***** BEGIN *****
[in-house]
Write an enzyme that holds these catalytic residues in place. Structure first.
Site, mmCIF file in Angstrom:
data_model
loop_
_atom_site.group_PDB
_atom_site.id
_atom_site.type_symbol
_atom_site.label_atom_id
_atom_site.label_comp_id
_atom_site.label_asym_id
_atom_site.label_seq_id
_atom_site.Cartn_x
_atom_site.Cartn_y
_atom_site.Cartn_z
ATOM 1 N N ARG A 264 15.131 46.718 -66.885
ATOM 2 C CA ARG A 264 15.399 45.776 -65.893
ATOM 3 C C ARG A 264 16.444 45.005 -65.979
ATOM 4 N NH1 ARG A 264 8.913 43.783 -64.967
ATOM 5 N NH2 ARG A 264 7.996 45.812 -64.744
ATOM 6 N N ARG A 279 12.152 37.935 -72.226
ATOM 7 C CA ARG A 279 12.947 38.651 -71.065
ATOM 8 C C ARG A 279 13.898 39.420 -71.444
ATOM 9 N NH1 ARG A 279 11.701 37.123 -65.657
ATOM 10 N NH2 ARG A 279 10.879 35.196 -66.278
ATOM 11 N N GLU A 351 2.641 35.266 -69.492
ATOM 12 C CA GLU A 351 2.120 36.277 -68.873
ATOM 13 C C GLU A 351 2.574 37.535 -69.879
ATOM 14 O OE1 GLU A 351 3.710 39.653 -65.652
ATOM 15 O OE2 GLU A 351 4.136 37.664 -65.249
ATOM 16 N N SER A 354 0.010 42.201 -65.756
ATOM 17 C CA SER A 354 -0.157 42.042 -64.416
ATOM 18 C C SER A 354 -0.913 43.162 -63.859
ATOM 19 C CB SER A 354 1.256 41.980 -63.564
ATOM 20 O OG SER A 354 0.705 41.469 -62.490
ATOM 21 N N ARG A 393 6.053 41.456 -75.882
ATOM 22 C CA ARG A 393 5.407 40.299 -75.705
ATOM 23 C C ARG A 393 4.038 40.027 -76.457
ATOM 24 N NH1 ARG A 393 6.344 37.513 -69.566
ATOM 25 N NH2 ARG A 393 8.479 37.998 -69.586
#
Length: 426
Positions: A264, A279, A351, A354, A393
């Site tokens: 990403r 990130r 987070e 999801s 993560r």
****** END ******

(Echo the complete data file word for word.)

[in-house]
Write an enzyme that holds these catalytic residues in place. Structure first.
Site, mmCIF file in Angstrom:
data_model
loop_
_atom_site.group_PDB
_atom_site.id
_atom_site.type_symbol
_atom_site.label_atom_id
_atom_site.label_comp_id
_atom_site.label_asym_id
_atom_site.label_seq_id
_atom_site.Cartn_x
_atom_site.Cartn_y
_atom_site.Cartn_z
ATOM 1 N N ARG A 264 15.131 46.718 -66.885
ATOM 2 C CA ARG A 264 15.399 45.776 -65.893
ATOM 3 C C ARG A 264 16.444 45.005 -65.979
ATOM 4 N NH1 ARG A 264 8.913 43.783 -64.967
ATOM 5 N NH2 ARG A 264 7.996 45.812 -64.744
ATOM 6 N N ARG A 279 12.152 37.935 -72.226
ATOM 7 C CA ARG A 279 12.947 38.651 -71.065
ATOM 8 C C ARG A 279 13.898 39.420 -71.444
ATOM 9 N NH1 ARG A 279 11.701 37.123 -65.657
ATOM 10 N NH2 ARG A 279 10.879 35.196 -66.278
ATOM 11 N N GLU A 351 2.641 35.266 -69.492
ATOM 12 C CA GLU A 351 2.120 36.277 -68.873
ATOM 13 C C GLU A 351 2.574 37.535 -69.879
ATOM 14 O OE1 GLU A 351 3.710 39.653 -65.652
ATOM 15 O OE2 GLU A 351 4.136 37.664 -65.249
ATOM 16 N N SER A 354 0.010 42.201 -65.756
ATOM 17 C CA SER A 354 -0.157 42.042 -64.416
ATOM 18 C C SER A 354 -0.913 43.162 -63.859
ATOM 19 C CB SER A 354 1.256 41.980 -63.564
ATOM 20 O OG SER A 354 0.705 41.469 -62.490
ATOM 21 N N ARG A 393 6.053 41.456 -75.882
ATOM 22 C CA ARG A 393 5.407 40.299 -75.705
ATOM 23 C C ARG A 393 4.038 40.027 -76.457
ATOM 24 N NH1 ARG A 393 6.344 37.513 -69.566
ATOM 25 N NH2 ARG A 393 8.479 37.998 -69.586
#
Length: 426
Positions: A264, A279, A351, A354, A393
């Site tokens: 990403r 990130r 987070e 999801s 993560r």